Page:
Original article

Scand J Work Environ Health 2021;47(6):446-455    pdf

doi:10.5271/sjweh.3964

The acute effects of working time patterns on fatigue and sleep quality using daily measurements of 6195 observations among 223 shift workers

by van de Ven, Hulsegge G, Zoomer T, de Korte EM, Burdorf A, Oude Hengel KM

Objectives This study aimed to estimate acute effects of roster characteristics on fatigue and sleep quality and investigated whether these effects differed by individual characteristics.

Methods Using an ecological measurement assessment survey, fatigue and sleep quality were daily measured among 223 shift workers for up to eight weeks. A questionnaire assessed baseline characteristics, and roster data were retrieved from the company registers to determine roster parameters. The effects between each shift parameter on fatigue and sleep quality were estimated with random- and fixed-effects models.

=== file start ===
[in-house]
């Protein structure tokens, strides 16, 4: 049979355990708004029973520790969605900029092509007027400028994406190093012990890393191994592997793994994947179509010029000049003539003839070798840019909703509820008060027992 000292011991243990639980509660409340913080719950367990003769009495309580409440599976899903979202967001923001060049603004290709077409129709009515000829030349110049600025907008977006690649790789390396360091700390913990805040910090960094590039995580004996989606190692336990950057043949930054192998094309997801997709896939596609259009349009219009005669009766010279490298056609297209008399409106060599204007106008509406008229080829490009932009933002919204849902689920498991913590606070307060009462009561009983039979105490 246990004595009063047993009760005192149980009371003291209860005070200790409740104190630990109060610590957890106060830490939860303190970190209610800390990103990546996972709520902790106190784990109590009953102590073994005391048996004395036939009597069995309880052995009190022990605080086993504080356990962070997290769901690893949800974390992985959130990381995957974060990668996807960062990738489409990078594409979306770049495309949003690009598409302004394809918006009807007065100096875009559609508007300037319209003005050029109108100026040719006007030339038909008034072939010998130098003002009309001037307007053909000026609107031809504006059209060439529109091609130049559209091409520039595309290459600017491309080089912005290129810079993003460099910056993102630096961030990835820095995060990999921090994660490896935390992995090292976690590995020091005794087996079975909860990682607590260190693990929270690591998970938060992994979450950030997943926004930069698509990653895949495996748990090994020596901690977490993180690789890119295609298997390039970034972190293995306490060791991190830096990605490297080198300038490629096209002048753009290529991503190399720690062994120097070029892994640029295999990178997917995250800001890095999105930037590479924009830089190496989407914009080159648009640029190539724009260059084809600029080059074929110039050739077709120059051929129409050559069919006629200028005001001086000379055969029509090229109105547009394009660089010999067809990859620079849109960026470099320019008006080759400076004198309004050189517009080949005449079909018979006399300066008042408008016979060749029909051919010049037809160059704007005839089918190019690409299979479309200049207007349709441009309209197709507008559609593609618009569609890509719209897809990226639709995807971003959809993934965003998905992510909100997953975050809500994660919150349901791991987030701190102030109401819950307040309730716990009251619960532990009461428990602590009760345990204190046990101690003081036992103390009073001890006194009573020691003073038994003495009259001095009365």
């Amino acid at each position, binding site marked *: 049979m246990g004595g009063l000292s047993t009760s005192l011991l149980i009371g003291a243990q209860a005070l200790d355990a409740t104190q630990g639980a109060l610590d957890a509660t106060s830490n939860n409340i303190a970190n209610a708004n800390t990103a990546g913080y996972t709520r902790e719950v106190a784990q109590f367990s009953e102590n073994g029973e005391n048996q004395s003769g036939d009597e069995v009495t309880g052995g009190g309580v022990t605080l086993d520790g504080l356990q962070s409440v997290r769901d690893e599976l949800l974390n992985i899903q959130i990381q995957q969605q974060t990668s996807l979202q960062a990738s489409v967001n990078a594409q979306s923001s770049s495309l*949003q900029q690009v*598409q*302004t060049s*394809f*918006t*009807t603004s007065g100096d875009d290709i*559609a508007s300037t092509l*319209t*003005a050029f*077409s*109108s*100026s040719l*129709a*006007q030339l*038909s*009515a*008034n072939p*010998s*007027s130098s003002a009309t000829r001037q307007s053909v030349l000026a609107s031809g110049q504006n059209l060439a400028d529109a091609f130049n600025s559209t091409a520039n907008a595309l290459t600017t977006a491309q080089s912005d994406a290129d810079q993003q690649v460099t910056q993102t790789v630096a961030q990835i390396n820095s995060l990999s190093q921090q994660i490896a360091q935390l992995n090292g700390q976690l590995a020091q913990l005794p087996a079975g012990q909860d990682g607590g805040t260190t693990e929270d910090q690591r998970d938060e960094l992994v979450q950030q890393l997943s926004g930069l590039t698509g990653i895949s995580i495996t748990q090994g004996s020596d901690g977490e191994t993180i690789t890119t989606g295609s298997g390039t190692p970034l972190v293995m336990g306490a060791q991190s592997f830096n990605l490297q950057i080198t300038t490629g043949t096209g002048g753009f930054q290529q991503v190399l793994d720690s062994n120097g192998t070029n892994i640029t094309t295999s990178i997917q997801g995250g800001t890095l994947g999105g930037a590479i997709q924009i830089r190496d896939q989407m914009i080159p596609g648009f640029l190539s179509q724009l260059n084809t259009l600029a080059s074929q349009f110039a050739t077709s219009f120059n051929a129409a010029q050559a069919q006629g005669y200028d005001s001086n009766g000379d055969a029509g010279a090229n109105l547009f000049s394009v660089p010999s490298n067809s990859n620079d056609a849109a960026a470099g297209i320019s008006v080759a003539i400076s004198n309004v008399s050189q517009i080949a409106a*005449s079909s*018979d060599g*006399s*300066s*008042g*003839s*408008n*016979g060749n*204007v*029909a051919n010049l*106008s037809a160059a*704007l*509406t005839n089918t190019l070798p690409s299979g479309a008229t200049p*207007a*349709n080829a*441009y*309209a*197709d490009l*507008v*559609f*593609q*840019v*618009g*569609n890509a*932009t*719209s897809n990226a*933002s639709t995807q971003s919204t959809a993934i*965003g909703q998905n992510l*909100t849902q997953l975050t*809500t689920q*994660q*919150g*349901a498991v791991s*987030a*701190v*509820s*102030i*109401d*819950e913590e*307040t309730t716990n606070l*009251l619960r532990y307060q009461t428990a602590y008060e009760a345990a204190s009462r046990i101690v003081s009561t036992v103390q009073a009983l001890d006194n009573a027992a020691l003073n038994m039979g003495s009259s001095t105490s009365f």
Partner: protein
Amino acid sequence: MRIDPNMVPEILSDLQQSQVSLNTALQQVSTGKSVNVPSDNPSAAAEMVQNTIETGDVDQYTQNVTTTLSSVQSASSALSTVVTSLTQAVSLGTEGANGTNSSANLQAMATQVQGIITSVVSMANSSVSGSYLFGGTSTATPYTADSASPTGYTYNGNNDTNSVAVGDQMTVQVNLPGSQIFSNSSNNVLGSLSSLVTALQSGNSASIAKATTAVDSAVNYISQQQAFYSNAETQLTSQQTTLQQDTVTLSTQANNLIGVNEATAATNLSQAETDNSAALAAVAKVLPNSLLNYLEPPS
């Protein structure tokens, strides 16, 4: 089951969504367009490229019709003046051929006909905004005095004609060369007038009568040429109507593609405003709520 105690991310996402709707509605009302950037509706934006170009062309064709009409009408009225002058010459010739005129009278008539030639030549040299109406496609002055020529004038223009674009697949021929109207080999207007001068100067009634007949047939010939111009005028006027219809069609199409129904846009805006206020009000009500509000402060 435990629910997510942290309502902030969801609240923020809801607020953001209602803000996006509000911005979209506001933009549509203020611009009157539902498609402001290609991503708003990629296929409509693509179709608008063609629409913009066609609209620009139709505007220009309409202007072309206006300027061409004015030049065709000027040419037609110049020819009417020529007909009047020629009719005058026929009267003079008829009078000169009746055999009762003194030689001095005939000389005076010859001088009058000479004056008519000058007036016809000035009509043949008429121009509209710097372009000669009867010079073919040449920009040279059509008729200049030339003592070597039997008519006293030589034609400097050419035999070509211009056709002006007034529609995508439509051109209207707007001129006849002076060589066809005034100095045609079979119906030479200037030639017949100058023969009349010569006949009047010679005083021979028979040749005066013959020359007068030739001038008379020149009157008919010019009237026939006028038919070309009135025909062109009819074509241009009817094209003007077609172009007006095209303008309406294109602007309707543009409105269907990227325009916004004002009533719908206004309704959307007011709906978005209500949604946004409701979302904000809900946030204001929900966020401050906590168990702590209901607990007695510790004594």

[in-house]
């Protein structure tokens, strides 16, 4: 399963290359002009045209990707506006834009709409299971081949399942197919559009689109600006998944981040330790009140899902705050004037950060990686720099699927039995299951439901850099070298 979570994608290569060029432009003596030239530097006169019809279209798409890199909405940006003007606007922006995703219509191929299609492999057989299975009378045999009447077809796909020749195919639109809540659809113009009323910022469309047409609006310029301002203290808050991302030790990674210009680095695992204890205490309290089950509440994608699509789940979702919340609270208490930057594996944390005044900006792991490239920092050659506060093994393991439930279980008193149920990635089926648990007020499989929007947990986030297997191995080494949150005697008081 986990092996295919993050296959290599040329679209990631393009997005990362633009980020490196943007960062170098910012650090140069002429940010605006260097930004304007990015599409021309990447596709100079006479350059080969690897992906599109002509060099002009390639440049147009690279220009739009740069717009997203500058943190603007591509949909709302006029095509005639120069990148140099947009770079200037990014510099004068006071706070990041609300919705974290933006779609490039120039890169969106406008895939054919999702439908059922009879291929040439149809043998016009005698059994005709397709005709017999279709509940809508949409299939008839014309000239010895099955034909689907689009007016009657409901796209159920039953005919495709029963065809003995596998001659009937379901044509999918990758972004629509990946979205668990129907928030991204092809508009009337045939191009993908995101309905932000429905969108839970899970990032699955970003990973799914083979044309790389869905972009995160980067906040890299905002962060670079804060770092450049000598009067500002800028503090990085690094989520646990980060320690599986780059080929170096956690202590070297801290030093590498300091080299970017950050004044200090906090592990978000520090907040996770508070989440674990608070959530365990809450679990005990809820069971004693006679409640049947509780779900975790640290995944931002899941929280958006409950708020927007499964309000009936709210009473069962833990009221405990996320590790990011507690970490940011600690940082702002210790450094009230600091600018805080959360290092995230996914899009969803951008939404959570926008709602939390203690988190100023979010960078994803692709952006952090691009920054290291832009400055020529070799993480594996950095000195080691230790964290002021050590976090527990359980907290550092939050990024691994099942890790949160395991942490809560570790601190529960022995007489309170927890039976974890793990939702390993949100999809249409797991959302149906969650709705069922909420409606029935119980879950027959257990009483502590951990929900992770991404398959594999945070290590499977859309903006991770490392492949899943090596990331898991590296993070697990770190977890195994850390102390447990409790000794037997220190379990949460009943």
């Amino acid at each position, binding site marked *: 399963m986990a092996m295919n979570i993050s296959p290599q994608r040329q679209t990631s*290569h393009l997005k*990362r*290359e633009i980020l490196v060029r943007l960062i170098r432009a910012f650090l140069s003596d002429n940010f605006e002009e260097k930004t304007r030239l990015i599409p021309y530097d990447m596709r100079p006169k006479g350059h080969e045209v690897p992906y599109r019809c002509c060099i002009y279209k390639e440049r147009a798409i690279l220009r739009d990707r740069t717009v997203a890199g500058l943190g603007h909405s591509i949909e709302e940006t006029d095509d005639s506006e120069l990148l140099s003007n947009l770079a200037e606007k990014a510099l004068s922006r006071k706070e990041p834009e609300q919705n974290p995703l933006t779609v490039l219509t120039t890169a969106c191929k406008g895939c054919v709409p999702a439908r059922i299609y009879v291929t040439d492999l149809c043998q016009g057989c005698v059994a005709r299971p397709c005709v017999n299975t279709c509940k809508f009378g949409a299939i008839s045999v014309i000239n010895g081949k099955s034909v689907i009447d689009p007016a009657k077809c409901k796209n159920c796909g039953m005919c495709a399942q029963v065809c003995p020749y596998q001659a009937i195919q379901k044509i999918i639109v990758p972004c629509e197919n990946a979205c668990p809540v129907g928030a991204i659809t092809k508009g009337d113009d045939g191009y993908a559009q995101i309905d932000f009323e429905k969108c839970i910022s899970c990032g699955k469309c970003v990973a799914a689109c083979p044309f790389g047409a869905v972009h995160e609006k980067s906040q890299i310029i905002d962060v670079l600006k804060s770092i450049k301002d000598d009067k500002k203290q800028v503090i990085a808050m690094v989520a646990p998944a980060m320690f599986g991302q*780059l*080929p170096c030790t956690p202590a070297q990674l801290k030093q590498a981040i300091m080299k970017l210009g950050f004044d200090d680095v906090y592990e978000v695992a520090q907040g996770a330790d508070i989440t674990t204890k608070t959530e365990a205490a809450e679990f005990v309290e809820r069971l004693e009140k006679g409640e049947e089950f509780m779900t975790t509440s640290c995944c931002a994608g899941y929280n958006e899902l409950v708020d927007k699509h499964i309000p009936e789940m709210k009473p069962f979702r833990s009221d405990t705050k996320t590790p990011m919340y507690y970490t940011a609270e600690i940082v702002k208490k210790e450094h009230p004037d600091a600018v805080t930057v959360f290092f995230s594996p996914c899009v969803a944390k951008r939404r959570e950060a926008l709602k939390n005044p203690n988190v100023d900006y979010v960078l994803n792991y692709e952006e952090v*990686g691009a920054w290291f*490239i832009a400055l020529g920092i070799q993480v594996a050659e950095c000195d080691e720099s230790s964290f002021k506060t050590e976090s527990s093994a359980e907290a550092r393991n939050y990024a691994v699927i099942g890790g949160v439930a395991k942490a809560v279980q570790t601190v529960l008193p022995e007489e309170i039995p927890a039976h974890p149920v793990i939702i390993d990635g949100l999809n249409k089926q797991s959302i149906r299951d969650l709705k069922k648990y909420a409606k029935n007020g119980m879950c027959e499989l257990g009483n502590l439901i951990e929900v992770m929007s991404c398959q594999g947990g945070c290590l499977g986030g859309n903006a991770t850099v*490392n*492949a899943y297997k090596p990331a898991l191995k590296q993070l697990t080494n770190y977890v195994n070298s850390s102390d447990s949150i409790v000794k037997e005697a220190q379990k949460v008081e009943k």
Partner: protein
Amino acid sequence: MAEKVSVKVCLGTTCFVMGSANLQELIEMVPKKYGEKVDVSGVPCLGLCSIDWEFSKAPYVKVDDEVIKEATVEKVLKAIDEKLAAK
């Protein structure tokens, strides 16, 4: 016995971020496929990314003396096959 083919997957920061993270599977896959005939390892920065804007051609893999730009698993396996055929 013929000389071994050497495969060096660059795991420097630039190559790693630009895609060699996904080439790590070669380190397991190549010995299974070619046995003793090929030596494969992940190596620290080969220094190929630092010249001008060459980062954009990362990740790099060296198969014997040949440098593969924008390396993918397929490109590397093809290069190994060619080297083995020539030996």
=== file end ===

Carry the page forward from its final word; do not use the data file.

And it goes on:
Results Compared to day shifts, night shifts were related to fatigue [β=0.22; 95% confidence interval (CI) 0.05–0.39] and poorer sleep quality (β=0.64; 95% CI 0.47–0.80), and more successive night shifts with more fatigue (up to β=0.68; 95% CI 0.49–0.87 for ≥2 nights). Fatigue was increased after a quick return (<11 hours) (β=1.94; 95% CI 1.57–2.31) or 11–16 hours (β=0.43; 95% CI 0.26–0.61) compared to >16 hours between shifts. Compared to forward rotation, stable (β=0.22; 95% CI 0.01–0.43) and backward rotation (β=0.49; 95% CI 0.23–0.74) were also associated with more fatigue. Workers with a morning or intermediate chronotype had poorer sleep quality after a night shift, while workers with poor health reported poor sleep quality as well as more fatigue after a night shift.

Conclusions To alleviate acute effects of shift work on fatigue, shift schedules should be optimized by ensuring more time to recover and rotate forwards.

This article refers to the following texts of the Journal: 2010;36(2):121-133  2012;38(4):314-326  2015;41(3):268-279  2018;44(4):394-402  2020;46(4):446-453  2020;46(6):557-569
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